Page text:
Members include Geoffrey Blythe, saxophones; Chris Byrne (left group, 2000), uilleann pipes, tin whistle, vocals; David Conrad (left group, 1994), bass; Andrew Goodsight (joined group, 1995), bass, keyboards, vocals; Thomas Hamlin, drums, percussion; Kevin Jenkins (group member, 1994-95), bass; Larry Kirwan, lead vocals, guitar; Joseph Mulvanerty (joined group, 2000), uilleann pipes, flute, bodhran; Fred Parcells, trombone, tin whistle, vocals.
Group formed in New York City, 1989; self-released Black 47, 1991; signed with SBK/EMI Records, released Black 47 EP, 1992; released Fire of Freedom, 1993, and Home of the Brave, 1994; moved to Mercury Records for Green Suede Shoes, 1996; released Trouble in the Land on the independent label Shanachie Records, 2000.
Addresses: Record company —Shanachie Records, 13 Laight St., 6th Fl., New York, NY 10013, (212) 334-0284. Publicist —Intercultural Niche Strategies, Inc., 11 Broadway # 1063, New York, NY 10004-3122, (212) 248-5900. Website —Black 47 Official Website: http://www.black47.com.
received a few favorable reviews but failed to generate record sales. However, one critic explained that because of Black 47’s jolting, unconventional use of instrumentation, coupled with Kirwan’s idealistic song-writing style, the band has remained at odds with the rock scene. “I like to introduce different elements into rock music,” Kirwan explained to Buddy Seigal in the Los Angeles Times. “Rock music is open to a lot of different interpretations. Perhaps the years of self-training as a playwright bring that out in me. Why not introduce other elements; why not bring Shakespeare into rock music; why not do anything you want with it? Why be like something you hear on the radio?… Who would even want to listen to the radio nowadays anyway?”
After Live in New York City, Black 47 released the well-received Trouble in the Land on the independent Shanachie Records label in early 2000. Notable tracks included “Susan Falls Apart” and “Delirious,” both harsh examinations of working-class misfortunes. “Black 47 remains one of rock’s inexplicably obscure treasures…,” concluded Edna Gunderson of USA Today. “From the ambitious ‘Bodhrans on the Brain’ to the glorious, hope-fueled ‘Touched by Fire’ to the wickedly satiric ‘I Got Laid on James Joyce’s Grave,’ Black 47 parties with revolutionary fervor.” Following the arrival of Trouble in the Land, Byrne decided to leave Black 47 to work with the Celtic folk group Seanchi. He was replaced by Joseph Mulvanerty.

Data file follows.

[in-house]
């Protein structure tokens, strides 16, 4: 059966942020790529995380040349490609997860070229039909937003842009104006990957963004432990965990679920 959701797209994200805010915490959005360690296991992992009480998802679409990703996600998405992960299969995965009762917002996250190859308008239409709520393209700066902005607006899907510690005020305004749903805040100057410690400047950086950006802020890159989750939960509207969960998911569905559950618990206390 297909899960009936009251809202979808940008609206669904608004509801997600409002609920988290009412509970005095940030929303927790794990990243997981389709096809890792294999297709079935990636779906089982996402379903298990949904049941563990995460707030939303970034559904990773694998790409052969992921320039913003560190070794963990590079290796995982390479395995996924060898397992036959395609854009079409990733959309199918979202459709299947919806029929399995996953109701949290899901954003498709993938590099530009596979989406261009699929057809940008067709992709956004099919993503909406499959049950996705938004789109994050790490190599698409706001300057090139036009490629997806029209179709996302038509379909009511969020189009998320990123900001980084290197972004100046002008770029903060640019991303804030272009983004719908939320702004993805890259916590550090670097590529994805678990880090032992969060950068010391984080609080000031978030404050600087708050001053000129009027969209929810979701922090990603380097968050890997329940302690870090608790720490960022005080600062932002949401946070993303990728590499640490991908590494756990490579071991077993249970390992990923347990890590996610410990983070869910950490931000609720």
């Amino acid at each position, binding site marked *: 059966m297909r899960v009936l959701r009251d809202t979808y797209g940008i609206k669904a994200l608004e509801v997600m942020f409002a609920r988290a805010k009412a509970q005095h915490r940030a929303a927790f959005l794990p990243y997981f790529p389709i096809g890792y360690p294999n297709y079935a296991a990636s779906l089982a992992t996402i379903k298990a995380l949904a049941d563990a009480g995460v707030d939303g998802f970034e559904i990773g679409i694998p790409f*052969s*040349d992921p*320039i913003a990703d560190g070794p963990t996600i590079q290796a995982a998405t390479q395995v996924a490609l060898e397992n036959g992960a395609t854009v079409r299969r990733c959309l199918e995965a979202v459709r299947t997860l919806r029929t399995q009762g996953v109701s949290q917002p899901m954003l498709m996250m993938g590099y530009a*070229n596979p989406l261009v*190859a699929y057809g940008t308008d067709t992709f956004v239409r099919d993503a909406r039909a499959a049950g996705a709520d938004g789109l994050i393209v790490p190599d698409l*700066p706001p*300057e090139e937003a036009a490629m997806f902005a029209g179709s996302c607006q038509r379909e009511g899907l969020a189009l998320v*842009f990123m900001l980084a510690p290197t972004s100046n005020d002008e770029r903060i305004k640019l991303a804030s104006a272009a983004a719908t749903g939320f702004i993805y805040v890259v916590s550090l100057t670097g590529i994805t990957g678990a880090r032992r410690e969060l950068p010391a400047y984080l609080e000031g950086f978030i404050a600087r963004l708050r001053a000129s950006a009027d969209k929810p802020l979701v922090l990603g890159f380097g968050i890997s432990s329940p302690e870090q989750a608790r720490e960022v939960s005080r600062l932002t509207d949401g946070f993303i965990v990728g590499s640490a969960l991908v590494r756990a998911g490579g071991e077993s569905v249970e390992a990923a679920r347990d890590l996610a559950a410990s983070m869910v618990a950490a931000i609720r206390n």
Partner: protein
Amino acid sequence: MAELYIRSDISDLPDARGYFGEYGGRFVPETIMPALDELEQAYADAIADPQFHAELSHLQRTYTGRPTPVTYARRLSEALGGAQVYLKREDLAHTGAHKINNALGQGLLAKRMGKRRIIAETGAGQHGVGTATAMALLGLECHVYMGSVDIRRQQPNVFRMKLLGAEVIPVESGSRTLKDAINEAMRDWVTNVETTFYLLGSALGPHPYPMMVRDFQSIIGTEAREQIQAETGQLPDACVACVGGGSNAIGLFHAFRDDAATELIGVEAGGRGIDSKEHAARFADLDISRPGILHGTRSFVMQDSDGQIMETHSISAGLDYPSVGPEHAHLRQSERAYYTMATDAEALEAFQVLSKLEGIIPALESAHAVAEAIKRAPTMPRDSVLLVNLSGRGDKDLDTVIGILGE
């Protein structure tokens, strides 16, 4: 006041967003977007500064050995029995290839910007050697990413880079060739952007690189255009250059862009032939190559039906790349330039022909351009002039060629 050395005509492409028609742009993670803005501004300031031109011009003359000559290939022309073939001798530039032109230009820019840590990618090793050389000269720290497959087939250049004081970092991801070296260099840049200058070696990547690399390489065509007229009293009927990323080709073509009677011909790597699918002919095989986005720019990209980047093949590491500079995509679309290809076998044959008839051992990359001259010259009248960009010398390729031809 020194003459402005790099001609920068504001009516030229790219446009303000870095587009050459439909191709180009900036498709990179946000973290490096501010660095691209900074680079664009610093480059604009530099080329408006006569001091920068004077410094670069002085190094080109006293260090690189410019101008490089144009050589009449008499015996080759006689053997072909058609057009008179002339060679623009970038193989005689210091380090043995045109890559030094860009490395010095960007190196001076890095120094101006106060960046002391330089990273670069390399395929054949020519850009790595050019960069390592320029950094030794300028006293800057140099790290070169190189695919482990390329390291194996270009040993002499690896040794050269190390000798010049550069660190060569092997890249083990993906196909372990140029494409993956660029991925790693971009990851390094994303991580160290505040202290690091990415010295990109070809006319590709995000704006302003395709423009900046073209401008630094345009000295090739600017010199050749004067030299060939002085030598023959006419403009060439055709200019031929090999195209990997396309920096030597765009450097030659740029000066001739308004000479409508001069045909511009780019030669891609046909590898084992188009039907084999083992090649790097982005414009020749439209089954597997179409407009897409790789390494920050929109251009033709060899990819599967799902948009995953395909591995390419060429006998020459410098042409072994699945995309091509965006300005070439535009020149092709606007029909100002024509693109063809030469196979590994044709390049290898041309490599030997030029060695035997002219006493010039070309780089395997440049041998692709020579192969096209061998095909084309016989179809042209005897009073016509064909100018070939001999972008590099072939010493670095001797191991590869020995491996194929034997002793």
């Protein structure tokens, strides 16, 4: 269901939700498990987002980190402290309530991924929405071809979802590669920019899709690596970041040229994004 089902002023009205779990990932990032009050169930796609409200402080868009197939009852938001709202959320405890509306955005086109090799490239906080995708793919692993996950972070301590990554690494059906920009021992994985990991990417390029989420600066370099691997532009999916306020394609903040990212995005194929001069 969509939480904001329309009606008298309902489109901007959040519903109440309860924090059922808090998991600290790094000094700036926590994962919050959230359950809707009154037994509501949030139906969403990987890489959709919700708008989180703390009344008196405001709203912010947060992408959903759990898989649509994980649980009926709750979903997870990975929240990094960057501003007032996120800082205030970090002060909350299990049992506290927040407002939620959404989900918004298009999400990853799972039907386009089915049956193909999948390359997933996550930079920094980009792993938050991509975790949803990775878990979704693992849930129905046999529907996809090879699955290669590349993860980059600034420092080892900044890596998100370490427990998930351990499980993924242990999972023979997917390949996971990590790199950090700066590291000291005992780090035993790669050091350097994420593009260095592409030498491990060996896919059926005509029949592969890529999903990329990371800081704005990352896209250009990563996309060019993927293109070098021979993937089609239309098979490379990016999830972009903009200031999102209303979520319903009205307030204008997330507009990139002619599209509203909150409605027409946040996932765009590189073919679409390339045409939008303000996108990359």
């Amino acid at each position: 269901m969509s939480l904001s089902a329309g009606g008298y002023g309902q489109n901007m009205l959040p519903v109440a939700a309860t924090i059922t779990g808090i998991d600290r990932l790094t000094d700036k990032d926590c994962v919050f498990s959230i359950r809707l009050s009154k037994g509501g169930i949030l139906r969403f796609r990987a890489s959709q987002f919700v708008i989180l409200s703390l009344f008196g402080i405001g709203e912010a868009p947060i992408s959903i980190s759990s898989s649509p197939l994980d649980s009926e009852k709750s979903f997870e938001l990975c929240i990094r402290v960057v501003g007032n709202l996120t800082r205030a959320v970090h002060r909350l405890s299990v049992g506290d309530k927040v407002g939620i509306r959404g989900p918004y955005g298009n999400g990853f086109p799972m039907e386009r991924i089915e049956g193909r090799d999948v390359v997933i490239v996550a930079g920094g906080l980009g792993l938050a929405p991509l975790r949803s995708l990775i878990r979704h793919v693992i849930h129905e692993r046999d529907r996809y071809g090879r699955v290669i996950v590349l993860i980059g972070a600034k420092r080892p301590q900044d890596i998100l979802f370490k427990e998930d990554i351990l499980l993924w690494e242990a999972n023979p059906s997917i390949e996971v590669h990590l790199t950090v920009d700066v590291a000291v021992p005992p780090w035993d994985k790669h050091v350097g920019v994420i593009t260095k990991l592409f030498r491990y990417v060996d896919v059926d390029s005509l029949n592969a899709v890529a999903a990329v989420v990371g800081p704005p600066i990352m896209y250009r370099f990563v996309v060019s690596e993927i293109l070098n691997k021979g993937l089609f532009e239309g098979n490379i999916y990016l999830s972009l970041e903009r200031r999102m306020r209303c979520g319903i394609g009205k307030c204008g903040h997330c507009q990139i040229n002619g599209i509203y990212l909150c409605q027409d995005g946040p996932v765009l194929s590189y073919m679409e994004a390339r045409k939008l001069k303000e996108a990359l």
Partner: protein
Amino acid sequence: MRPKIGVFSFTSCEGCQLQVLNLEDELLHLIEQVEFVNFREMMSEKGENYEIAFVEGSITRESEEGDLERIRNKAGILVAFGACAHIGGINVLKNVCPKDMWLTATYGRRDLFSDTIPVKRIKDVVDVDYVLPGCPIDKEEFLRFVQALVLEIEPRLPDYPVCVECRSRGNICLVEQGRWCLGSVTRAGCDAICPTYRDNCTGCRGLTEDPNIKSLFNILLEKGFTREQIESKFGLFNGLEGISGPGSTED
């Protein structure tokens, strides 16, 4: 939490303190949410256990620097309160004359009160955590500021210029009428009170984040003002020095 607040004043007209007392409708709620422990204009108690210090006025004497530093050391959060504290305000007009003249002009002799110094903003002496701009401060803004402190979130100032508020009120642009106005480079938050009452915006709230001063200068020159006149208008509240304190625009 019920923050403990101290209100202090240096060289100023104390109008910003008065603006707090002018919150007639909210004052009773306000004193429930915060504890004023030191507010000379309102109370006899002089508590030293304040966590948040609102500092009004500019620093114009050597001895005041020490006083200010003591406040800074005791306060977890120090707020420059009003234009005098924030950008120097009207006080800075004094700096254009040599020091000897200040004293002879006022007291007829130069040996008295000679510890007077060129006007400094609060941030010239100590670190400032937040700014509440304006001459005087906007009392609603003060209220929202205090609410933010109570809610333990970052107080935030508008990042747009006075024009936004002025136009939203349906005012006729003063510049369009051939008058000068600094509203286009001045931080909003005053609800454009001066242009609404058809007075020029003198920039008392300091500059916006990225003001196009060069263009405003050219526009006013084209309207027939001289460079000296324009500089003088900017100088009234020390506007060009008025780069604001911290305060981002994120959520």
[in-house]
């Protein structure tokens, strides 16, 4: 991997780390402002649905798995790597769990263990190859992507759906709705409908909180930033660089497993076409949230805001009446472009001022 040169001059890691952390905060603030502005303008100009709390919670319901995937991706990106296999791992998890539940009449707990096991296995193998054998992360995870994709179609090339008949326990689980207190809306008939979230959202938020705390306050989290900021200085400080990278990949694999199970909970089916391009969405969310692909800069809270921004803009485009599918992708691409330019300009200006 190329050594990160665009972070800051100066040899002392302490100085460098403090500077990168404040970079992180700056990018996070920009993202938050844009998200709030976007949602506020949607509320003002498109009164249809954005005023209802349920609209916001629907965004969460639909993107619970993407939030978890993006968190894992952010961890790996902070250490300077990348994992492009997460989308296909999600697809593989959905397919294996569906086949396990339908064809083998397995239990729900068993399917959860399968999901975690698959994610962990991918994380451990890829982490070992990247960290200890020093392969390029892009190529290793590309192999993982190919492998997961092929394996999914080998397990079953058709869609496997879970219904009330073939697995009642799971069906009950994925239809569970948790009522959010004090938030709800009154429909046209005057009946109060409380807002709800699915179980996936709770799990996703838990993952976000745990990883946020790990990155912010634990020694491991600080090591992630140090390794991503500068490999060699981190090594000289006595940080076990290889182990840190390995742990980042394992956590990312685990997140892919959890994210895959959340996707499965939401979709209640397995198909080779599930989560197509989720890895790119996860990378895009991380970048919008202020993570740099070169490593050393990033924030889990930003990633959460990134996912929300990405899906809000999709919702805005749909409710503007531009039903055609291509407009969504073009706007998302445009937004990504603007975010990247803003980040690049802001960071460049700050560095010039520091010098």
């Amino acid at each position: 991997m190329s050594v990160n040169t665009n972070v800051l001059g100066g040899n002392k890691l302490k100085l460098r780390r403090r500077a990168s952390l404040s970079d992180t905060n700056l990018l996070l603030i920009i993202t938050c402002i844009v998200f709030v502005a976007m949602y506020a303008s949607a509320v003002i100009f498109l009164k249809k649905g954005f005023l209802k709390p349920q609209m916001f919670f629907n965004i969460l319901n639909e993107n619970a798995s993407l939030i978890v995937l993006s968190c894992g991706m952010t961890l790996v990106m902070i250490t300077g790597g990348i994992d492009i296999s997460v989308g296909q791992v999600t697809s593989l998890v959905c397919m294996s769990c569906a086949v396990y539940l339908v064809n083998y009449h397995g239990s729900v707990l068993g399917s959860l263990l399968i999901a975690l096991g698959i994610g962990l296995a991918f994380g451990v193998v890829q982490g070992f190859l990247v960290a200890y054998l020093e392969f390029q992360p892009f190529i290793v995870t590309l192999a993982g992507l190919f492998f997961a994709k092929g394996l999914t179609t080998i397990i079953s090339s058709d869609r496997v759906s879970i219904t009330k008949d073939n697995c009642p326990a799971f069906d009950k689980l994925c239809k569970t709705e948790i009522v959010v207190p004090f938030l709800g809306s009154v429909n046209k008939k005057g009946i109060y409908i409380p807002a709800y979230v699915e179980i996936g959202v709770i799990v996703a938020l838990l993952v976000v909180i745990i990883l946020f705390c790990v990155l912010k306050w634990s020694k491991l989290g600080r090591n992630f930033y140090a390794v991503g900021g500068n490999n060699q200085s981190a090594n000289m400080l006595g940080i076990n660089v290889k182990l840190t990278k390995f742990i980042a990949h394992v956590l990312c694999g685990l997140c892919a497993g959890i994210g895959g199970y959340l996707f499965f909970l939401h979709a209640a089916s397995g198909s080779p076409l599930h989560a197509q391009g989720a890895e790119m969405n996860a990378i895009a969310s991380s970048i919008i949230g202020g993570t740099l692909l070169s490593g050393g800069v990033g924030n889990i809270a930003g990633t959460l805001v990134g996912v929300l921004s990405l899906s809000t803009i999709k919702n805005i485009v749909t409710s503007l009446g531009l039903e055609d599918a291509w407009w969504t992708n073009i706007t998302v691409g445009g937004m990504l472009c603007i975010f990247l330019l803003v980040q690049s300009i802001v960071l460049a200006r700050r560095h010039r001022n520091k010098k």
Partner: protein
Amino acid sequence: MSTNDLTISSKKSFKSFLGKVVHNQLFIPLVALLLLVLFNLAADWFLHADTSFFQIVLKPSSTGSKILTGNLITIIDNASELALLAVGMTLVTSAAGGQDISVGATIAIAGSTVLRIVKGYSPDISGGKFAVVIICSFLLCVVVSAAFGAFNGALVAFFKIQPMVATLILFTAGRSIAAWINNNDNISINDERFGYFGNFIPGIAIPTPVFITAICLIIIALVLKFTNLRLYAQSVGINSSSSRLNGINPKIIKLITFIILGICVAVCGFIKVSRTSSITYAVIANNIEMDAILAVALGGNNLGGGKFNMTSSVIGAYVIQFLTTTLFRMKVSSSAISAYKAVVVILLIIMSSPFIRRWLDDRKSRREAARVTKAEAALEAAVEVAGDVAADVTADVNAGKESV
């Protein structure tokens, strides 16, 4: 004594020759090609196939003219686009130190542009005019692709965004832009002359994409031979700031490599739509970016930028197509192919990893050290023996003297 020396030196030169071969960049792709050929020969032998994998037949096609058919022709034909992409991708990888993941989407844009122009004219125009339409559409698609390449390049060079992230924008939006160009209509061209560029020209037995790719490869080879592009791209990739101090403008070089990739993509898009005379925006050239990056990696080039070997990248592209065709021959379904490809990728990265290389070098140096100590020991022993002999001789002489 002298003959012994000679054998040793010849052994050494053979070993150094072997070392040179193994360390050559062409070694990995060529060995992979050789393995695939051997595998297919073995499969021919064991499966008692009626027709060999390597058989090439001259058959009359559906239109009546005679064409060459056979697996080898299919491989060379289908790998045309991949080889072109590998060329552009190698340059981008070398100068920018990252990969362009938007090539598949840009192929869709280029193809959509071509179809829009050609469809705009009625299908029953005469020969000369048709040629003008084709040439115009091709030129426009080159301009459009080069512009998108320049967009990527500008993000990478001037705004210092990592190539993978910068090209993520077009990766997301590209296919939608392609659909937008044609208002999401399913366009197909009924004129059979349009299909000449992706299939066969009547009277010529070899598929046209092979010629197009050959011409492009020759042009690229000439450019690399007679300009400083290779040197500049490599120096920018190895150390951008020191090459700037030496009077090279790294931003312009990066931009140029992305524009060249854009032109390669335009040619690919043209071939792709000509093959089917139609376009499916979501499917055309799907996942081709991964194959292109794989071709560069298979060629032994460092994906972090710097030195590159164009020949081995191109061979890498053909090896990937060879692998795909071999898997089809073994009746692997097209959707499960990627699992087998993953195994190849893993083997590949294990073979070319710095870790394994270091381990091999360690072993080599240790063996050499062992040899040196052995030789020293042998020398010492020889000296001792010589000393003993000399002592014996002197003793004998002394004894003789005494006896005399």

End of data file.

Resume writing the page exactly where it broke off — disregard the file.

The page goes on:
In addition to fronting Black 47, Kirwan also recorded the solo set Kilroy Was Here and a children’s album entitled Keltic Kids, released in 1998 on Pirate Moon Records. “I’m appalled at pop culture and what it’s doing to kids…,” Kirwan, the father of two boys, explained to Billboard magazine’s Moira McCormick regarding his drive to make a record for children. “South Park, things like that. It’s turning them into cynics…. I want to keep kids young, tell them stories that encourage them to use their imagination.”
Black 47, BLK, 1991.
Black 47 (EP), SBK. 1992.
Fire of Freedom, SBK, 1993.
Home of the Brave, SBK/EMI, 1994.
Green Suede Shoes, Tim/Kerr/Mercury, 1996.
Live in New York City, Gadfly, 1999.
Trouble in the Land, Shanachie, 2000.
Robbins, Ira A., The Trouser Press Guide to ‘90s Rock, Simon & Schuster, 1997.
Billboard, June 6, 1998; January 29, 2000.
Boston Globe, January 27, 1993; October 20, 1994; March 11, 1995; December 11, 1996; January 13, 2000.
Los Angeles Times, February 7, 1993; March 10, 1993; July 15, 1993; July 17, 1993; December 1, 1994; November 30, 1996.
People, August 2, 1993; April 20, 1998.
Rolling Stone, March 19, 1992.
Time, April 5, 1993.
USA Today, February 15, 2000.
Washington Post, November 11, 1994; February 18, 2000; September 29, 2000.
“Black 47,” All Music Guide, http://www.allmusic.com (February 24, 2002).
Black 47 Official Website, http://www.black47.com (February 24, 2002).
"Black 47." Contemporary Musicians. . Encyclopedia.com. (February 20, 2019). https://www.encyclopedia.com/education/news-wires-white-papers-and-books/black-47
"Black 47." Contemporary Musicians. . Retrieved February 20, 2019 from Encyclopedia.com: https://www.encyclopedia.com/education/news-wires-white-papers-and-books/black-47